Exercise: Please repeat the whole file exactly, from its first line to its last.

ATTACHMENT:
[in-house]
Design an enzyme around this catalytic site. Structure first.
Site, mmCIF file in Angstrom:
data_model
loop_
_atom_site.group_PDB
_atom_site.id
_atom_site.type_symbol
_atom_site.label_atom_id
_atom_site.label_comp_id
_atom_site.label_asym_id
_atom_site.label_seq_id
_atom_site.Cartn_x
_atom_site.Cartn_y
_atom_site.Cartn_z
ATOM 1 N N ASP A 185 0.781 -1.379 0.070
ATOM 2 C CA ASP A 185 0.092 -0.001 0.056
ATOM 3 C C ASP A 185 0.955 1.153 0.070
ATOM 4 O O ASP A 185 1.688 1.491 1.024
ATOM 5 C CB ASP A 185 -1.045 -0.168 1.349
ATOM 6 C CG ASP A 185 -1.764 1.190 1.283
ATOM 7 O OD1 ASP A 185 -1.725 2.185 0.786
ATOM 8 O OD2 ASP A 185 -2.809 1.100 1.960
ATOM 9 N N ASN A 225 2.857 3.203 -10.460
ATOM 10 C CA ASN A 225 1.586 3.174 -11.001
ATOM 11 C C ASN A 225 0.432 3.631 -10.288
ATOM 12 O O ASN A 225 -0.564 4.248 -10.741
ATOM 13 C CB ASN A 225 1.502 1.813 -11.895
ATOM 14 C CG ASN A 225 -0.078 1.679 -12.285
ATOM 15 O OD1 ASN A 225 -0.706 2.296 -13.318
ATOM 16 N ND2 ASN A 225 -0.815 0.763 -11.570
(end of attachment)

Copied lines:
[in-house]
Design an enzyme around this catalytic site. Structure first.
Site, mmCIF file in Angstrom:
data_model
loop_
_atom_site.group_PDB
_atom_site.id
_atom_site.type_symbol
_atom_site.label_atom_id
_atom_site.label_comp_id
_atom_site.label_asym_id
_atom_site.label_seq_id
_atom_site.Cartn_x
_atom_site.Cartn_y
_atom_site.Cartn_z
ATOM 1 N N ASP A 185 0.781 -1.379 0.070
ATOM 2 C CA ASP A 185 0.092 -0.001 0.056
ATOM 3 C C ASP A 185 0.955 1.153 0.070
ATOM 4 O O ASP A 185 1.688 1.491 1.024
ATOM 5 C CB ASP A 185 -1.045 -0.168 1.349
ATOM 6 C CG ASP A 185 -1.764 1.190 1.283
ATOM 7 O OD1 ASP A 185 -1.725 2.185 0.786
ATOM 8 O OD2 ASP A 185 -2.809 1.100 1.960
ATOM 9 N N ASN A 225 2.857 3.203 -10.460
ATOM 10 C CA ASN A 225 1.586 3.174 -11.001
ATOM 11 C C ASN A 225 0.432 3.631 -10.288
ATOM 12 O O ASN A 225 -0.564 4.248 -10.741
ATOM 13 C CB ASN A 225 1.502 1.813 -11.895
ATOM 14 C CG ASN A 225 -0.078 1.679 -12.285
ATOM 15 O OD1 ASN A 225 -0.706 2.296 -13.318
ATOM 16 N ND2 ASN A 225 -0.815 0.763 -11.570